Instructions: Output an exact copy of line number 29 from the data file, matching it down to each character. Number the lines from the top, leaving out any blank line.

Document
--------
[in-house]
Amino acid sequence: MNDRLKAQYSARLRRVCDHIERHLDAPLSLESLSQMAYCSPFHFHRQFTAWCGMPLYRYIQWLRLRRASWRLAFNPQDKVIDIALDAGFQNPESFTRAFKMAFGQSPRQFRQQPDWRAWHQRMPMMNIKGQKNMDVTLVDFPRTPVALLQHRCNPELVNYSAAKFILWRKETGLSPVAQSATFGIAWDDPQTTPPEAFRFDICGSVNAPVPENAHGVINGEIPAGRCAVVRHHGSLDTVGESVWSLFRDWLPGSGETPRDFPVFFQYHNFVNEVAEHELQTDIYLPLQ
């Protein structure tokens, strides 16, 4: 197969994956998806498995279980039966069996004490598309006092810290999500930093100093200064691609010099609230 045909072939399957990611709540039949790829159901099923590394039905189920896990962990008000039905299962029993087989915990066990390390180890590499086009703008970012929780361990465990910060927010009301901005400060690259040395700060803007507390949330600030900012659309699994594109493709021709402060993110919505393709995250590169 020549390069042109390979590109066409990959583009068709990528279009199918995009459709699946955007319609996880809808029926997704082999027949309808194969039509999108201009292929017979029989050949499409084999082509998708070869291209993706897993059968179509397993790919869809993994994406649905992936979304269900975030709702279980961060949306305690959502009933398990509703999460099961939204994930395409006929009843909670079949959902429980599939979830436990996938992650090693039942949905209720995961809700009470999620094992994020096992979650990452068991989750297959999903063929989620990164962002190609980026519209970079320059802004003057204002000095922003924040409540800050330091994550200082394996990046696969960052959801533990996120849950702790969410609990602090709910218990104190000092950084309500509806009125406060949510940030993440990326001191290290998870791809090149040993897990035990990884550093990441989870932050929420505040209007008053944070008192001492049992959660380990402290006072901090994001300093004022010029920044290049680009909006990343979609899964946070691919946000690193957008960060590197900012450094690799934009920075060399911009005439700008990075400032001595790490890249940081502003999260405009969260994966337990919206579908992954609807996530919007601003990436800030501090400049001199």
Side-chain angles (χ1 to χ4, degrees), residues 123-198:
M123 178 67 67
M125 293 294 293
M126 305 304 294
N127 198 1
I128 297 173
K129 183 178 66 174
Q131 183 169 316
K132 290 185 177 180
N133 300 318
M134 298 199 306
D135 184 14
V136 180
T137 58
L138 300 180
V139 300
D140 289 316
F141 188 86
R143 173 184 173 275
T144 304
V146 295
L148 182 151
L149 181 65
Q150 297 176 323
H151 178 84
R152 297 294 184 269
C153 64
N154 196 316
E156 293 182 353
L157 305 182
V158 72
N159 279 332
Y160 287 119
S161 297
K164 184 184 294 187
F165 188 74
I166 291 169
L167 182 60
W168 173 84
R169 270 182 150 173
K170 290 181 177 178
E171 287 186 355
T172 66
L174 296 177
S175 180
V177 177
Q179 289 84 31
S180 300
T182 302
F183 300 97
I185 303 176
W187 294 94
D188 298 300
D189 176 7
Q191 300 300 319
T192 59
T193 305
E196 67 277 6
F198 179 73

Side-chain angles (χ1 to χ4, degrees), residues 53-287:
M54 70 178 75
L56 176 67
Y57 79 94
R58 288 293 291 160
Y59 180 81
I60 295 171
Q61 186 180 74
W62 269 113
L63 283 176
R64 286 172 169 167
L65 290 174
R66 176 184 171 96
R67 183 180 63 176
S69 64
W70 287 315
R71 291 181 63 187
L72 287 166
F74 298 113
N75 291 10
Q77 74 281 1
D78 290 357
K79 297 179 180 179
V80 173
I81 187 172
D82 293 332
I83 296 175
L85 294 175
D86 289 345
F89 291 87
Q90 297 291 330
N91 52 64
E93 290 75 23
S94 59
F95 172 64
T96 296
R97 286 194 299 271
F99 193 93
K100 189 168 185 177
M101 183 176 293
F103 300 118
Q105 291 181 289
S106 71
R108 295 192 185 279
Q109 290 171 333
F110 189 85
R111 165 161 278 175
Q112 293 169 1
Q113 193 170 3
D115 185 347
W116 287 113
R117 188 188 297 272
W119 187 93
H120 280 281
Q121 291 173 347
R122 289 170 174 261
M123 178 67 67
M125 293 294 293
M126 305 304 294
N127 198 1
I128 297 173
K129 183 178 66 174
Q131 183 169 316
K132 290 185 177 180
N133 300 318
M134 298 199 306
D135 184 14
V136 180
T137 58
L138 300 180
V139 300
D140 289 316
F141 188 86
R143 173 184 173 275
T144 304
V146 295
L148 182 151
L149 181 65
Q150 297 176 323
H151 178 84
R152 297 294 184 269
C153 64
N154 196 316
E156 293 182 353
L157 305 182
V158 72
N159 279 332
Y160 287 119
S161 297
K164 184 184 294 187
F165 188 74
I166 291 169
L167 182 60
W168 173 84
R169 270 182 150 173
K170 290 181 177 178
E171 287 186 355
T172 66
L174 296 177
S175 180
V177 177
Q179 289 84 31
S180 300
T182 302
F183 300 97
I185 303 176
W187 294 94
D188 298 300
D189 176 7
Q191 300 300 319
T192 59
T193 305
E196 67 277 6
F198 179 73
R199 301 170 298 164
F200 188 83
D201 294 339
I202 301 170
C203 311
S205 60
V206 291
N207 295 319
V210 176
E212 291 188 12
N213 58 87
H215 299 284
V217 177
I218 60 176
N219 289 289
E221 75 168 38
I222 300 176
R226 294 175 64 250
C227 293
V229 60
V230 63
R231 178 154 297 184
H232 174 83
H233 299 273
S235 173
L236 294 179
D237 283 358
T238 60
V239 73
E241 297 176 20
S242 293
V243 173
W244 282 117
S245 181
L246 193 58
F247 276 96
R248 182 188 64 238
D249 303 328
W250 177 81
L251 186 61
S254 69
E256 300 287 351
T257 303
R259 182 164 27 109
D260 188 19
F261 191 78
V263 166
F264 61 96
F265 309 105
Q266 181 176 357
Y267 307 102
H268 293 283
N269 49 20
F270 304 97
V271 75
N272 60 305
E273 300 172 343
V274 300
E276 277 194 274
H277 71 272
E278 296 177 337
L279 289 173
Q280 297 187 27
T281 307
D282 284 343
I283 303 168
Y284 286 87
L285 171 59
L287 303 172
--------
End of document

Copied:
R152 297 294 184 269